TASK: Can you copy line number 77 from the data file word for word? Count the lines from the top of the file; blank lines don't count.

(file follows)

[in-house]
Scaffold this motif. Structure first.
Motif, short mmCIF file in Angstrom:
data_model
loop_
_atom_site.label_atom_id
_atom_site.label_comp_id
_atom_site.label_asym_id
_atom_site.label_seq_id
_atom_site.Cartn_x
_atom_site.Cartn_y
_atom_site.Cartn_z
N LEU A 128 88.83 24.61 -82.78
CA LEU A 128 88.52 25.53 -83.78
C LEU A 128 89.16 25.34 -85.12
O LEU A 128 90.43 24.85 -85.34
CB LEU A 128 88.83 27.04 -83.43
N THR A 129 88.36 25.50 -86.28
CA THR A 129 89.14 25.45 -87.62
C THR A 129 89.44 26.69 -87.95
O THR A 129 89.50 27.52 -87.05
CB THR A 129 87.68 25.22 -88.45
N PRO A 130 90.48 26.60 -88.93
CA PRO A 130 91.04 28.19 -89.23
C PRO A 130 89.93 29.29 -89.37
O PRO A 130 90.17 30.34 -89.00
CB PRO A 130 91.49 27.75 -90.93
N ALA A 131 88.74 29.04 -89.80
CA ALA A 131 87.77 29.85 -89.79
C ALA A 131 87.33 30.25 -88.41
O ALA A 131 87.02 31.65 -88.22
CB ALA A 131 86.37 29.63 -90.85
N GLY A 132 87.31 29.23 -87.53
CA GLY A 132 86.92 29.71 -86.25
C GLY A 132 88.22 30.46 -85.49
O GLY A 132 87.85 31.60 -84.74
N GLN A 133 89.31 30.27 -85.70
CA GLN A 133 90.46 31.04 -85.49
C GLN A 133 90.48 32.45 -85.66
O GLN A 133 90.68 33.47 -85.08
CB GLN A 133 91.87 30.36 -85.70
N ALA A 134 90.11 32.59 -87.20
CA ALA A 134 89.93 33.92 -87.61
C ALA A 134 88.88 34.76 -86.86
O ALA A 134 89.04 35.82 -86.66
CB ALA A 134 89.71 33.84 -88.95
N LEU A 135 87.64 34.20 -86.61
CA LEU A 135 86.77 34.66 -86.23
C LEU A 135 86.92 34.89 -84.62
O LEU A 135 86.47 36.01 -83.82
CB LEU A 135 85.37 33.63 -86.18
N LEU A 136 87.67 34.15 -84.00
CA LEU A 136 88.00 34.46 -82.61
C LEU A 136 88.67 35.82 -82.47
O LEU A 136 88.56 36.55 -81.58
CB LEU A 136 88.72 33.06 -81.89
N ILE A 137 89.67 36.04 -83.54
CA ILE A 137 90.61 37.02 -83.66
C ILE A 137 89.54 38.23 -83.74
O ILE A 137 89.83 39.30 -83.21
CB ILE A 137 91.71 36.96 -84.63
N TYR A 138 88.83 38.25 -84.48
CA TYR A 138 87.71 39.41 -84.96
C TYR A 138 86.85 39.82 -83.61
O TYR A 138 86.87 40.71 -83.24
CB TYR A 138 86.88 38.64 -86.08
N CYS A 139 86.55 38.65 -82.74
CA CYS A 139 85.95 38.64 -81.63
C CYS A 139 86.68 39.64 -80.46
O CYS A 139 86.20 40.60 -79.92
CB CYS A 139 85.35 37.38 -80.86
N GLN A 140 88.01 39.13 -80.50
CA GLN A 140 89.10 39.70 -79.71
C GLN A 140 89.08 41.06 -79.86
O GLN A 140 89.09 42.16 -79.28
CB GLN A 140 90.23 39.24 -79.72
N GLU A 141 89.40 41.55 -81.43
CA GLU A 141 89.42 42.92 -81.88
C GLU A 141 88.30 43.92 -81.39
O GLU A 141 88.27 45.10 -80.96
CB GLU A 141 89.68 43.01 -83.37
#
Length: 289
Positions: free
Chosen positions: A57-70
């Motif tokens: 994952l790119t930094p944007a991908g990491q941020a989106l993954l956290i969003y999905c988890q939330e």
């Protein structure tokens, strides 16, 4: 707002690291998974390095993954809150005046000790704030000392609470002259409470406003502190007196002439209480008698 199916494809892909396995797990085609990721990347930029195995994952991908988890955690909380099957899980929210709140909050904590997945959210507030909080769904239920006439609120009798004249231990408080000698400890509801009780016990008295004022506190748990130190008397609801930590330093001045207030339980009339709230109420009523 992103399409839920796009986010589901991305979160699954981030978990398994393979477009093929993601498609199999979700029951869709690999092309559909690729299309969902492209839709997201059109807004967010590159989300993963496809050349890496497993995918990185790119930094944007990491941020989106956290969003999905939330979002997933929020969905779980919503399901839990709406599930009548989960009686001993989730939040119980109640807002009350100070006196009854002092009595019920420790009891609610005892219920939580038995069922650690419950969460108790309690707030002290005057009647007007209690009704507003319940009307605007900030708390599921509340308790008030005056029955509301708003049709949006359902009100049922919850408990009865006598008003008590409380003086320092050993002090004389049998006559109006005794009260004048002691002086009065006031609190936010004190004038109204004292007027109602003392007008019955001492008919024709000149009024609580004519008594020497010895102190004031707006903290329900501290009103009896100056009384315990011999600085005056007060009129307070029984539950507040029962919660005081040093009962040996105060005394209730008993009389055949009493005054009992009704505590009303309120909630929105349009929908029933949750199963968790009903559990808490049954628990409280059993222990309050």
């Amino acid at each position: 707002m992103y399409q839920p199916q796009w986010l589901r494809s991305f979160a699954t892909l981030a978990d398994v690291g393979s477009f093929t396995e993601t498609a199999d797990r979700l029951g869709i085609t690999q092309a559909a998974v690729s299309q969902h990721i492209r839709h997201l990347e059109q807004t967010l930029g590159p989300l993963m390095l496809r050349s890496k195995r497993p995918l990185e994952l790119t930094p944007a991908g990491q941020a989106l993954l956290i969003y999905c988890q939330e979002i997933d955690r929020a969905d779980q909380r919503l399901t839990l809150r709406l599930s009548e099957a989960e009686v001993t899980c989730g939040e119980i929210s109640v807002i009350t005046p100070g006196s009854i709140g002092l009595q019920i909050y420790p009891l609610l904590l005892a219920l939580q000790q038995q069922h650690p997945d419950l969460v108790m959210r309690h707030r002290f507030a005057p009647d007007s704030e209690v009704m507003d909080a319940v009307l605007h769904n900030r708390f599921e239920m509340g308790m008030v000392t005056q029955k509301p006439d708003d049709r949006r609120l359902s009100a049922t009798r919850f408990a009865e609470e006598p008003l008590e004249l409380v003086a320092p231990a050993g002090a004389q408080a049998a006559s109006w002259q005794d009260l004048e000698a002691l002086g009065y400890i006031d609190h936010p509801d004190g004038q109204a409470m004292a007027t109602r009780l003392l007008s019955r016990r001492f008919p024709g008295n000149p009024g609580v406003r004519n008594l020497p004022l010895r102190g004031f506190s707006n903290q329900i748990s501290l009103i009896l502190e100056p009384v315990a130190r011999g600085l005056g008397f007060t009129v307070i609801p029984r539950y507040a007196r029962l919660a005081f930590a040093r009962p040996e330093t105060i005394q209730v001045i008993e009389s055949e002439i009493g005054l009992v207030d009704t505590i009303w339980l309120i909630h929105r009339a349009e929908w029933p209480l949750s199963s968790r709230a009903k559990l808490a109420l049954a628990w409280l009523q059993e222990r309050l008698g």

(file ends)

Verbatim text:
N GLU A 141 89.40 41.55 -81.43